17. ^ The 1989 Local Government Elections, www.ark.ac.uk
  18. ^ Independent candidate: John Gilliland, www.bbc.co.uk
  19. ^ http://www.munster-express.ie/local-news/workers-party-asks-halligan-for-his-seat/
  20. ^ Workers Party asks Halligan for his seat by Dermot Keyes, Munster Express Friday, February 22nd, 2008
  21. ^ Workers Party elect new Party President
  22. ^ Lisbon - A Treaty Too Far Workers Party Website
  23. ^ Local Elections Candidates
  24. ^ "Press release Malachy Steenson candidate in Dublin Central". 7 April 2009. http://www.politics.ie/elections/57835-workers-party-launch-bye-election-campaign.html. Retrieved 7 April 2009.  
  25. ^ Ted Tynan Elected Cork Politics Website, 7th of June 2009
  26. ^ North Ward Waterford City Council - Election 2009 results RTÉ Website, 7th June 2009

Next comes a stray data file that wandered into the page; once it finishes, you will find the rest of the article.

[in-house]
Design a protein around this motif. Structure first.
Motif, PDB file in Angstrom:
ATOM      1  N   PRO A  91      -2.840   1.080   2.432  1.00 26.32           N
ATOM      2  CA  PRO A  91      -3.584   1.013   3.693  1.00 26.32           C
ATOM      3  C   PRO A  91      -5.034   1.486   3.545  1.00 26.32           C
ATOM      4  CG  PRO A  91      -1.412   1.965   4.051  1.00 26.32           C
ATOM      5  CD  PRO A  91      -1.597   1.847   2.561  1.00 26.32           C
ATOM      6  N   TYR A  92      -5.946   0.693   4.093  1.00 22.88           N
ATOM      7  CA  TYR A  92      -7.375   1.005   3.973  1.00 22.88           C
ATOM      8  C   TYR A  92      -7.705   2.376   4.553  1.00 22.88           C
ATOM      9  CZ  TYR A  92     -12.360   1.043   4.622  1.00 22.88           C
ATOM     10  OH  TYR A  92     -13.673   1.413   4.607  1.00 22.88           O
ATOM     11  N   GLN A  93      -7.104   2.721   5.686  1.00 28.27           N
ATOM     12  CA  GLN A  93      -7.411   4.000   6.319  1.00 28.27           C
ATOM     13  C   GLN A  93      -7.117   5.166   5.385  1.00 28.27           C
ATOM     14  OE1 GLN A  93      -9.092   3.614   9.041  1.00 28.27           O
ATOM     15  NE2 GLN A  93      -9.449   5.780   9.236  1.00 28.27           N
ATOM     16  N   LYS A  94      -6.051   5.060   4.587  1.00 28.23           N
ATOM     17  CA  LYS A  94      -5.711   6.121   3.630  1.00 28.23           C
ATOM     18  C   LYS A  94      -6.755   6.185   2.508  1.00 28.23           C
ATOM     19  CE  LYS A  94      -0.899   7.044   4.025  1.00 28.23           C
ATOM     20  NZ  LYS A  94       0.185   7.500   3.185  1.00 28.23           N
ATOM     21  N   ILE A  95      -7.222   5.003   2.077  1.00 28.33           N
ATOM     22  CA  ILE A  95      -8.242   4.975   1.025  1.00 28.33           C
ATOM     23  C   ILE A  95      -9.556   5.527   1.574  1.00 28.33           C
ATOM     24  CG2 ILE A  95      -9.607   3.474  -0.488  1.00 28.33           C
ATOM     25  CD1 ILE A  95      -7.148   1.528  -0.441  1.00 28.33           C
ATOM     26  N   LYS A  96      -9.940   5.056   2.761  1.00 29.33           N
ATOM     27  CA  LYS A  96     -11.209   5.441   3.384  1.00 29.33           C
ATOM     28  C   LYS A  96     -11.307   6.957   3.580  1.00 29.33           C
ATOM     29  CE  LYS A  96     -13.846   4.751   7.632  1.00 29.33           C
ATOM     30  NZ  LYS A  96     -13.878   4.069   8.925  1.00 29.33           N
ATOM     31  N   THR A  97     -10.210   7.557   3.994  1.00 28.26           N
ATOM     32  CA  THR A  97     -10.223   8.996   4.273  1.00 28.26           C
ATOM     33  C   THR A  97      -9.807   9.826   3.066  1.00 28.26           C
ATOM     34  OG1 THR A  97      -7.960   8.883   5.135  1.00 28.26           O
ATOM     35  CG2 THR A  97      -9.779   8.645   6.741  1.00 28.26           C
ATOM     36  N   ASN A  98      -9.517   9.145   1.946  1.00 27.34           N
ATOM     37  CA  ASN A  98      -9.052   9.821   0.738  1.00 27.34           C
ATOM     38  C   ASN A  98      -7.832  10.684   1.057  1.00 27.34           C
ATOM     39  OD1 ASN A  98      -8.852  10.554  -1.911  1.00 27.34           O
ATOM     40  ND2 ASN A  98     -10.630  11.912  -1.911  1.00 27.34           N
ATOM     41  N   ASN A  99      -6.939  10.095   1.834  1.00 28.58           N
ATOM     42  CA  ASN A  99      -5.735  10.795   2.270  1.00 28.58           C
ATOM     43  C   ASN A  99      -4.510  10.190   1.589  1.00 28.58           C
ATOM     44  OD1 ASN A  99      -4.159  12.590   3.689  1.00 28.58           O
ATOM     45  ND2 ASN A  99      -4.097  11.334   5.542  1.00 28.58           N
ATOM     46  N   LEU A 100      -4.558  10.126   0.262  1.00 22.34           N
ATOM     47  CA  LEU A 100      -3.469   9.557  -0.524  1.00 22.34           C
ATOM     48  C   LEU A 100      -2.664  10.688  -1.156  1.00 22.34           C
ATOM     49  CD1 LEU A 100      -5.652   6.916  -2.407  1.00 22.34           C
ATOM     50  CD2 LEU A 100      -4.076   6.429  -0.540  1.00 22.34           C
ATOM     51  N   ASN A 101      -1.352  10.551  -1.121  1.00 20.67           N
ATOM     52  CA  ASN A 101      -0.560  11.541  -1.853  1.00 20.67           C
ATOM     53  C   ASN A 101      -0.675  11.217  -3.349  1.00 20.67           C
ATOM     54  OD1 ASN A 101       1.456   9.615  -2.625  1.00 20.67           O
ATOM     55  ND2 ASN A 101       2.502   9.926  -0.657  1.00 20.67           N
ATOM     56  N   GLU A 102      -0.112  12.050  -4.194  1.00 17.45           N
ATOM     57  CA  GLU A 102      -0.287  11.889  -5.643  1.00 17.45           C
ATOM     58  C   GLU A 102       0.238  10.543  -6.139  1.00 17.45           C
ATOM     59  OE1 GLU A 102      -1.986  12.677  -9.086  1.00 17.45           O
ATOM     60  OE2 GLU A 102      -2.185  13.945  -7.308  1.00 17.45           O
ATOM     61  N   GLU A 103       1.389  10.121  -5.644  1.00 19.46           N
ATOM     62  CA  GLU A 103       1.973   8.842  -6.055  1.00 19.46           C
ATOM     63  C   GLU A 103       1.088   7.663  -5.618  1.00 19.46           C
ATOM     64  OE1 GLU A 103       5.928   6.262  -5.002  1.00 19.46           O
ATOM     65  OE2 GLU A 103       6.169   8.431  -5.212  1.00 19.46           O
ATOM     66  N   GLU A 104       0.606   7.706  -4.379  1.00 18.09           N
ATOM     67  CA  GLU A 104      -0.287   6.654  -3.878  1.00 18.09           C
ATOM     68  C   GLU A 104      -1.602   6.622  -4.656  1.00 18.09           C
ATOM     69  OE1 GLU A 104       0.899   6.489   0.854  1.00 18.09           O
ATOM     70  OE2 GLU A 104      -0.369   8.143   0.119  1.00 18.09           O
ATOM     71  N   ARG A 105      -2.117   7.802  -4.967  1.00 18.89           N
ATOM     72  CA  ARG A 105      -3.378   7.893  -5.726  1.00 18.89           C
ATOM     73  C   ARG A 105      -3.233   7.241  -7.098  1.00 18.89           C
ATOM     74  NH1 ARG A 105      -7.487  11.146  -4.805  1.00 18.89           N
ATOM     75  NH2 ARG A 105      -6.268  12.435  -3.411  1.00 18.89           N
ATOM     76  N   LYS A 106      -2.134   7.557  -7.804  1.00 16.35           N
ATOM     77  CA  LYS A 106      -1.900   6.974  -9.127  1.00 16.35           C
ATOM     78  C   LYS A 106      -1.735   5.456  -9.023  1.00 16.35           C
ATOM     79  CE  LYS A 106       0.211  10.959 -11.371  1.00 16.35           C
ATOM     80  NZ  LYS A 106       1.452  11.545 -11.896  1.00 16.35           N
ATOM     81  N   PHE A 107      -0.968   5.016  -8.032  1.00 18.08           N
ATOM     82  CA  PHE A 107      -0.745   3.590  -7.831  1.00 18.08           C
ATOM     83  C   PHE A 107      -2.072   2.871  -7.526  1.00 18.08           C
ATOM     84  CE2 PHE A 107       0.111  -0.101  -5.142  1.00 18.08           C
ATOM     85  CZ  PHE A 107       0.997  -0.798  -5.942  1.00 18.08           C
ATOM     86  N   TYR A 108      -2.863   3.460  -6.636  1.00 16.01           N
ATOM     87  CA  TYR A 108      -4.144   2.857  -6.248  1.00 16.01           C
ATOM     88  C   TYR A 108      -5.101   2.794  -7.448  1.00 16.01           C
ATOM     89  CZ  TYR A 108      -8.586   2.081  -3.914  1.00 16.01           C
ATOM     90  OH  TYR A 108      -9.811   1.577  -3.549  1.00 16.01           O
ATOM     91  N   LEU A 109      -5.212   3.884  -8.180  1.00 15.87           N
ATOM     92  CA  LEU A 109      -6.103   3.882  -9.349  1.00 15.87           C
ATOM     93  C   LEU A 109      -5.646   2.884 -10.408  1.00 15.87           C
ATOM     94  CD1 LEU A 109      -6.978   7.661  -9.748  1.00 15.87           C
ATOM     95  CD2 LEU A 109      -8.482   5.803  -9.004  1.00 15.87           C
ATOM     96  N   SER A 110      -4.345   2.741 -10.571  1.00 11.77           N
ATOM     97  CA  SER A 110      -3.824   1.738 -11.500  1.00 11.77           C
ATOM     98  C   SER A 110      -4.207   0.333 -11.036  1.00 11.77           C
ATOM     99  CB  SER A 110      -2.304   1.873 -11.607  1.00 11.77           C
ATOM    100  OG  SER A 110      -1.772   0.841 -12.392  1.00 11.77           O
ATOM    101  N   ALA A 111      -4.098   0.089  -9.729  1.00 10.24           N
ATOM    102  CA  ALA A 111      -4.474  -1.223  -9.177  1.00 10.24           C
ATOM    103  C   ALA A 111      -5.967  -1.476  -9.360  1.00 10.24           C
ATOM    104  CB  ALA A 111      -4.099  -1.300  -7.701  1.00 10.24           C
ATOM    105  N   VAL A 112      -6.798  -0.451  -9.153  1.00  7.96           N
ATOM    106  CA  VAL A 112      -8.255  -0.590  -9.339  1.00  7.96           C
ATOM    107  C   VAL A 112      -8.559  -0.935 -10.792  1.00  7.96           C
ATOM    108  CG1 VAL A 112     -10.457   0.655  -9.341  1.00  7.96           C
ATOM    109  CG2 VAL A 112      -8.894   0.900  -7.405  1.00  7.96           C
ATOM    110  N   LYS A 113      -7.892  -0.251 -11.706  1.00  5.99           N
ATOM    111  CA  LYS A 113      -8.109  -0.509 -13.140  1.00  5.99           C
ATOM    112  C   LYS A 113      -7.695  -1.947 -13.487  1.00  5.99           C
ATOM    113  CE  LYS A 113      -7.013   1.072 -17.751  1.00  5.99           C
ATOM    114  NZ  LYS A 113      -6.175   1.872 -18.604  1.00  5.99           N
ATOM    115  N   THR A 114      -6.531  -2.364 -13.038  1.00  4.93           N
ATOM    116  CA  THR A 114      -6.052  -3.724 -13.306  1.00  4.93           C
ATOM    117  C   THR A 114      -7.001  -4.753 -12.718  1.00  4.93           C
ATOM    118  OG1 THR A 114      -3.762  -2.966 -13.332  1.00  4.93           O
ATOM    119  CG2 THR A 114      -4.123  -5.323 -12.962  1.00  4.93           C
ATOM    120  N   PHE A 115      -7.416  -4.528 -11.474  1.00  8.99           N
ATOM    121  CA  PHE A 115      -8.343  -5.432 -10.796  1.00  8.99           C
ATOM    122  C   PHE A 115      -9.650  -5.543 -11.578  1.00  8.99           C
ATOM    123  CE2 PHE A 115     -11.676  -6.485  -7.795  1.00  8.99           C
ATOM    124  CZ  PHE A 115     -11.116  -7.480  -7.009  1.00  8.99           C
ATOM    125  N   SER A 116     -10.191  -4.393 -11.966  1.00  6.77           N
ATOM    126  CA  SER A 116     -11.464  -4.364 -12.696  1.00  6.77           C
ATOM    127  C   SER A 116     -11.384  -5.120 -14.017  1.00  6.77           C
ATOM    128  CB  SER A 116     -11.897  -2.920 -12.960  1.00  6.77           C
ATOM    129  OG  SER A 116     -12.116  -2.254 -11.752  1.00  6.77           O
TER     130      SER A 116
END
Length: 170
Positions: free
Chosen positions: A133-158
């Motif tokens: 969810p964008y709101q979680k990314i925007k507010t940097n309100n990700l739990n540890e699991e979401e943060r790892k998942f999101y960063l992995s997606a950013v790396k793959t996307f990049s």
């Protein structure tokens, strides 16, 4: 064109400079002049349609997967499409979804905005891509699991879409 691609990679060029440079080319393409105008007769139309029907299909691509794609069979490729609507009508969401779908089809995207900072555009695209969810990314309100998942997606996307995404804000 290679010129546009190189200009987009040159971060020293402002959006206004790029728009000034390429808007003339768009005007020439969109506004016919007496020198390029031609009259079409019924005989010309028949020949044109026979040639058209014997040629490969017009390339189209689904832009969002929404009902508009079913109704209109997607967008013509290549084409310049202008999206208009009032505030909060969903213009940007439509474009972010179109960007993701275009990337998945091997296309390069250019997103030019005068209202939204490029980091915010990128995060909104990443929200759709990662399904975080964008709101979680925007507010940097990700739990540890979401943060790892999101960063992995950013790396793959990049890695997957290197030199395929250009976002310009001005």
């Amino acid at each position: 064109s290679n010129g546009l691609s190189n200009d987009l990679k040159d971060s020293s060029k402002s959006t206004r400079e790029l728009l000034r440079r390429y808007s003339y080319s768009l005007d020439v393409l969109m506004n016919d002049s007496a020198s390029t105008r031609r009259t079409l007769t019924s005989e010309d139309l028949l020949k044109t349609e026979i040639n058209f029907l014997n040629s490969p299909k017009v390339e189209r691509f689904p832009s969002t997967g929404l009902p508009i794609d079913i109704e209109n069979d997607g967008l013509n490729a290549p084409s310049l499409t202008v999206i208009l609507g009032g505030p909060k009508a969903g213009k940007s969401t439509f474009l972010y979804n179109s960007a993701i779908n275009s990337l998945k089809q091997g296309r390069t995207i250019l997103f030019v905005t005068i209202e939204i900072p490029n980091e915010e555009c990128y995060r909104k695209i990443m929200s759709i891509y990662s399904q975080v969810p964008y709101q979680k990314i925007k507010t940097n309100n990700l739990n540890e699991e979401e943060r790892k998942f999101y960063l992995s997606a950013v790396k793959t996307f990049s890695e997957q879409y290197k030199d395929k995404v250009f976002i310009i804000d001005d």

27. ^ BBC:US says N Korea forged dollars
  28. ^ Ex-Workers Party president Garland arrested by Charlie Taylor, Irish Times, Friday, January 30th 2009
  29. ^ Campaign to Stop the Extradition of Sean Garland

Further reading

  • The Politics of Illusion: A Political History of the IRA, Henry Patterson, ISBN 1-897959-31-1
  • Official Irish Republicanism, 1962 to 1972 , Sean Swan , ISBN 1430319348
  • The Lost Revolution: The Story of the Official IRA and the Workers Party, Brian Hanley and Scott Millar, ISBN 1844881202

External links